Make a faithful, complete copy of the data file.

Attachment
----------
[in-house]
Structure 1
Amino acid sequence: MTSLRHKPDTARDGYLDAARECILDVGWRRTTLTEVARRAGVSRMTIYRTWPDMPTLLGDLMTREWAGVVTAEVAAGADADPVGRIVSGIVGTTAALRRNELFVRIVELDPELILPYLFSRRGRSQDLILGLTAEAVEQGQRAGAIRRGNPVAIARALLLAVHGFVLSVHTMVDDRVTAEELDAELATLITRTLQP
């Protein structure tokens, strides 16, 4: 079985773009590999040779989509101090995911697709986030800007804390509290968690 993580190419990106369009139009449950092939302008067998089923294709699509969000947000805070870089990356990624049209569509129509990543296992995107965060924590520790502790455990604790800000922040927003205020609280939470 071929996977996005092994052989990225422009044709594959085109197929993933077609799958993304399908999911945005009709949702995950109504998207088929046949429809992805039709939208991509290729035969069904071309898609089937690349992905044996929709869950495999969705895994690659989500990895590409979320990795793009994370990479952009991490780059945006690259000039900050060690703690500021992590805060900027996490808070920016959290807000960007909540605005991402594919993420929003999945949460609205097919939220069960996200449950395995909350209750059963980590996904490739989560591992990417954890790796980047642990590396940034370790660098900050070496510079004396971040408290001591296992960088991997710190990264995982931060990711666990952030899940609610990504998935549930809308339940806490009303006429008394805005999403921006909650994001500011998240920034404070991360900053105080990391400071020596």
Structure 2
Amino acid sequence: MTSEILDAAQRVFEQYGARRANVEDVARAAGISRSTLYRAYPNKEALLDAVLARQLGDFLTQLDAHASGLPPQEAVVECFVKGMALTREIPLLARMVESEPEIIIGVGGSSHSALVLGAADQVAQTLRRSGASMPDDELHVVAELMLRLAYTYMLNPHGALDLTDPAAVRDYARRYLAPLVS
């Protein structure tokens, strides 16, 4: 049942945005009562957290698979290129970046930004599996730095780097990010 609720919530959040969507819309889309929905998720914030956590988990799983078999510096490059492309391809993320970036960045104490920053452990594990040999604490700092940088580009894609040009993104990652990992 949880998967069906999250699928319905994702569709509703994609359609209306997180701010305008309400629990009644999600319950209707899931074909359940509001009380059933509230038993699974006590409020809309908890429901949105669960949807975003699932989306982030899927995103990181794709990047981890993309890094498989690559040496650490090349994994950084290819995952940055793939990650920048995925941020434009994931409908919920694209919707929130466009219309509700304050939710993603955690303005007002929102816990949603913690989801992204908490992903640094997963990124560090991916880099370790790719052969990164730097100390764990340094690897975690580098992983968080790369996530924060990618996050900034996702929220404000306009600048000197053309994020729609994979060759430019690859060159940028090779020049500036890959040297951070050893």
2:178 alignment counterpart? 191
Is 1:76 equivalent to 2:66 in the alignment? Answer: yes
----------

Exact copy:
[in-house]
Structure 1
Amino acid sequence: MTSLRHKPDTARDGYLDAARECILDVGWRRTTLTEVARRAGVSRMTIYRTWPDMPTLLGDLMTREWAGVVTAEVAAGADADPVGRIVSGIVGTTAALRRNELFVRIVELDPELILPYLFSRRGRSQDLILGLTAEAVEQGQRAGAIRRGNPVAIARALLLAVHGFVLSVHTMVDDRVTAEELDAELATLITRTLQP
């Protein structure tokens, strides 16, 4: 079985773009590999040779989509101090995911697709986030800007804390509290968690 993580190419990106369009139009449950092939302008067998089923294709699509969000947000805070870089990356990624049209569509129509990543296992995107965060924590520790502790455990604790800000922040927003205020609280939470 071929996977996005092994052989990225422009044709594959085109197929993933077609799958993304399908999911945005009709949702995950109504998207088929046949429809992805039709939208991509290729035969069904071309898609089937690349992905044996929709869950495999969705895994690659989500990895590409979320990795793009994370990479952009991490780059945006690259000039900050060690703690500021992590805060900027996490808070920016959290807000960007909540605005991402594919993420929003999945949460609205097919939220069960996200449950395995909350209750059963980590996904490739989560591992990417954890790796980047642990590396940034370790660098900050070496510079004396971040408290001591296992960088991997710190990264995982931060990711666990952030899940609610990504998935549930809308339940806490009303006429008394805005999403921006909650994001500011998240920034404070991360900053105080990391400071020596």
Structure 2
Amino acid sequence: MTSEILDAAQRVFEQYGARRANVEDVARAAGISRSTLYRAYPNKEALLDAVLARQLGDFLTQLDAHASGLPPQEAVVECFVKGMALTREIPLLARMVESEPEIIIGVGGSSHSALVLGAADQVAQTLRRSGASMPDDELHVVAELMLRLAYTYMLNPHGALDLTDPAAVRDYARRYLAPLVS
């Protein structure tokens, strides 16, 4: 049942945005009562957290698979290129970046930004599996730095780097990010 609720919530959040969507819309889309929905998720914030956590988990799983078999510096490059492309391809993320970036960045104490920053452990594990040999604490700092940088580009894609040009993104990652990992 949880998967069906999250699928319905994702569709509703994609359609209306997180701010305008309400629990009644999600319950209707899931074909359940509001009380059933509230038993699974006590409020809309908890429901949105669960949807975003699932989306982030899927995103990181794709990047981890993309890094498989690559040496650490090349994994950084290819995952940055793939990650920048995925941020434009994931409908919920694209919707929130466009219309509700304050939710993603955690303005007002929102816990949603913690989801992204908490992903640094997963990124560090991916880099370790790719052969990164730097100390764990340094690897975690580098992983968080790369996530924060990618996050900034996702929220404000306009600048000197053309994020729609994979060759430019690859060159940028090779020049500036890959040297951070050893």
2:178 alignment counterpart? 191
Is 1:76 equivalent to 2:66 in the alignment? Answer: yes